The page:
Learning maths, science and life skills through baking

Dr Susanne Ng, a former scientist turned baker, says measuring ingredients teaches children mathematics skills, while having to wait for the cake to bake teaches patience. PHOTOS: NG SOR LUAN, SUSANNE NG, CREATIVE CULINAIRE

Baking is not just for adults.

Kids can have fun making cookies and cakes while picking up academic concepts and life skills.

For Dr Susanne Ng, 40, a former scientist popular on social media for her chiffon cakes, which take the shape of cartoon characters like Hello Kitty and Pusheen, baking is a regular home activity she enjoys with her daughters Christine, nine, and Charissa, six, who love making cookies and macarons. Her 11-year-old son Caleb joins in occasionally.

"Kids learn really fast and they also can understand well if you explain every step to them," says Dr Ng, who holds a PhD in biomedical engineering and previously worked at research agency A*Star.

As baking requires precise measurements ("like a researcher doing a laboratory test"), it became a fun way for Dr Ng to teach her children mathematics concepts such as adding, subtracting and dividing.

It helps kids understand sequencing and planning as "none of the steps can be skipped", says Dr Ng, who has written four recipe books.

The young ones also learn life skills such as patience. While it can take as little as 30 minutes to make cookies, cakes can take hours while bread may require up to a day.

Then there is perseverance. "It takes practice to achieve the desired outcome. The kids must be ready to face a few failures," she says.

This year, she is working with Japanese company Sanrio to teach online classes on making cakes in the shape of My Melody, Little Twin Stars and the most famous Sanrio character of them all, Hello Kitty.

She shares suggestions on how you can introduce baking to kids:

For toddlers: Make some cupcakes and let the kids decorate them with colourful sprinkles and fruit toppings. They can get creative with their designs and have lots of fun.

For pre-schoolers: Try no-bake recipes such as those for snowskin mooncakes. Let them knead, pull and shape the dough. This makes for a good sensory experience.

For primary schoolers: Start with simple recipes so they can be involved from start to end. They can measure the ingredients, do simple mixing and decorate their work. When they are more confident at baking, teach them advanced techniques such as folding the right way so the batter will not be deflated.



• 2 egg yolks

• 13g castor sugar

• 28g vegetable or corn oil

• 26g water

• 4g vanilla extract

• 40g cake flour, sifted

• 3 egg whites

• Pinch of cream of tartar

• 30g castor sugar


1. Preheat the oven to 140 deg C using top and bottom heat. Prepare a 15cm round chiffon tube pan.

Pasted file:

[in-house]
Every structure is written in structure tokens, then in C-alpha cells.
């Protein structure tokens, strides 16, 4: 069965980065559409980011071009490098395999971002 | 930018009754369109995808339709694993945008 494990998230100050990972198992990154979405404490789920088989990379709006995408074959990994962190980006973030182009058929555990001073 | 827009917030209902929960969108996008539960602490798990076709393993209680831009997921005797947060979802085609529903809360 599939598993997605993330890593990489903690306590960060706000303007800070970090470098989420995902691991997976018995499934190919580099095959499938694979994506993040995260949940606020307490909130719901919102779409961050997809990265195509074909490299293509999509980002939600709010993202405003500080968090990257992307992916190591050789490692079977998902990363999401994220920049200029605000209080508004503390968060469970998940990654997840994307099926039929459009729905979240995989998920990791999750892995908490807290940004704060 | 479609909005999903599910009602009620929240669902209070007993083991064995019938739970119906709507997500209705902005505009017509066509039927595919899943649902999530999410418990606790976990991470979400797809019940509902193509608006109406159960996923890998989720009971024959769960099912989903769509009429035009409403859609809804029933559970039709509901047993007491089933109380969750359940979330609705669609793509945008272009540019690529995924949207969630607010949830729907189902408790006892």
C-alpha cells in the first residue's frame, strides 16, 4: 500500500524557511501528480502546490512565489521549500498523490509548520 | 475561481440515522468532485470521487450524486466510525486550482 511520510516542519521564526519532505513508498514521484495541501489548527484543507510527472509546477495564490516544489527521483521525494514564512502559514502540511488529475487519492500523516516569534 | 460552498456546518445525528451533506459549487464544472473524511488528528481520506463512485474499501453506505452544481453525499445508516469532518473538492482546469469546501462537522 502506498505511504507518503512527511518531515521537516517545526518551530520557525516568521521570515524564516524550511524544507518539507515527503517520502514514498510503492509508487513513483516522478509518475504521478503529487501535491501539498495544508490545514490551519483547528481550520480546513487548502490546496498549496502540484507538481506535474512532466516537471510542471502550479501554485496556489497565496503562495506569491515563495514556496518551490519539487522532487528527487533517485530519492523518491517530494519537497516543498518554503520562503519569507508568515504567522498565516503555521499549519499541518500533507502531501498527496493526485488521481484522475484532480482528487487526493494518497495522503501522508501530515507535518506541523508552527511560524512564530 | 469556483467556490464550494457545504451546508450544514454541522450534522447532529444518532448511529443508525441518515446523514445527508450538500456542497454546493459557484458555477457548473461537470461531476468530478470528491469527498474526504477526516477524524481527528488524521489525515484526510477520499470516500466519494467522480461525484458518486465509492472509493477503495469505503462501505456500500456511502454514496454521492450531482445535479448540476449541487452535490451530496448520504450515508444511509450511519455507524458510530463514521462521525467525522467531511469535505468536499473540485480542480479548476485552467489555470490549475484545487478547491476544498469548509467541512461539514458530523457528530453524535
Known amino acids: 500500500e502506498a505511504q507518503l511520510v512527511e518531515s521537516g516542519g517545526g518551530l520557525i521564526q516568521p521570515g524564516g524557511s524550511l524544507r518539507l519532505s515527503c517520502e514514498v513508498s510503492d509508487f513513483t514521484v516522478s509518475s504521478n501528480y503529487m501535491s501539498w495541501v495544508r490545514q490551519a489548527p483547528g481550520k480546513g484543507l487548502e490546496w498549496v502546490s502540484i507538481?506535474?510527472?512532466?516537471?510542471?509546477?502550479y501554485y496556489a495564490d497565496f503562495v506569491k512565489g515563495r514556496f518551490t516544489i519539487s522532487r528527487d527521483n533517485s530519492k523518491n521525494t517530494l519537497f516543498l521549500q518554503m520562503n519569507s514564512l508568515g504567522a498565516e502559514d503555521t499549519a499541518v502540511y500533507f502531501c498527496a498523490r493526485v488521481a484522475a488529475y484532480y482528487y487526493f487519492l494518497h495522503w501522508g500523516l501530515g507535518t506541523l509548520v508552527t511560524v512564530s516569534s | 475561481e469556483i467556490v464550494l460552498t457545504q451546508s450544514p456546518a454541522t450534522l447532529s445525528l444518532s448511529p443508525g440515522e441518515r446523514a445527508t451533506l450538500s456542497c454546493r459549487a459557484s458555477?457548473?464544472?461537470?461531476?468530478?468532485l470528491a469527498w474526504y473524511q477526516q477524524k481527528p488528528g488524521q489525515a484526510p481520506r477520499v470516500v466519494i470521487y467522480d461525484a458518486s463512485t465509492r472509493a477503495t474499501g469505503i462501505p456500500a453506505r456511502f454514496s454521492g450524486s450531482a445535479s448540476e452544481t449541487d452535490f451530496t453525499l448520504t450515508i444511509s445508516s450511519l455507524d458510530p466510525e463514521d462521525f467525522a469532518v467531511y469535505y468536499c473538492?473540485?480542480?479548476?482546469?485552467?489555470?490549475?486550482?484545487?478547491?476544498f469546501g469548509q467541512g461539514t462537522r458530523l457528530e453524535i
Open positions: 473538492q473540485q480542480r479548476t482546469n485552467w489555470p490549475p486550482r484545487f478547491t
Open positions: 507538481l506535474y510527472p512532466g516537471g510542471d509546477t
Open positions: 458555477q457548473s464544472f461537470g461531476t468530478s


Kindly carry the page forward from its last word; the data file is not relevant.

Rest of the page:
2. Prepare egg yolk batter: Beat egg yolks and sugar in a mixing bowl using a whisk. Add oil and mix well, followed by water and vanilla extract. Mix evenly. Add sifted cake flour and mix till no lumps are found.

3. Prepare meringue: Whisk egg whites with a pinch of cream of tartar using an electric mixer, then add castor sugar gradually and whisk till firm peaks.

4. Gently fold meringue into egg yolk batter one-third at a time.

5. Fill cake batter into chiffon tube pan until batter is 2cm from the rim of pan. Gently tap pan on counter top to release any air bubbles.

6. Transfer pan to oven and bake for 52 to 55 minutes or until a skewer inserted into the centre of cake comes out clean.

7. Invert pan on a wire rack and let cool completely before unmoulding by hand or knife.

Makes a 15cm-wide cake

•Recipe by Susanne Ng (@susanne.decochiffon)



• 120g sugar

• 1 egg

• 65g melted butter or corn oil

• 160ml milk

• 1/2 tsp vanilla essence

• A pinch of salt

• 140g plain flour

• 1 tsp baking powder

• 1/2 tsp baking soda

• 25g cocoa powder For the ganache

• 200g dark couverture chocolate

• 150g dairy cream

• 15g unsalted butter


1. Stir the sugar, egg, melted butter, milk, vanilla and salt in a large mixing bowl until most of the sugar is dissolved.

2. Sieve the flour, baking powder, baking soda and cocoa powder directly into the mixing bowl.

3. Use a hand whisk to stir till smooth, but do not overmix.

4. Pour into the baking containers. Bake at 180 deg C in a preheated oven for about 20 to 25 minutes till cooked. Let it cool down before decorating it.

5. Prepare the ganache: Place the chocolate and dairy cream in a bowl over a saucepan with simmering water. Stir until the chocolate is completely melted.

6. Add the butter and stir through to make a smooth and shiny ganache.

7. Leave to cool and thicken slightly before pouring over the cake.

8. Decorate with fresh fruit and chocolate curls.

Makes two 10cm by 20cm loaf tins

•Recipe by Judy Koh from Creative Culinaire The School

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A version of this article appeared in the print edition of The Straits Times on December 21, 2020, with the headline Learning maths, science and life skills through baking. Subscribe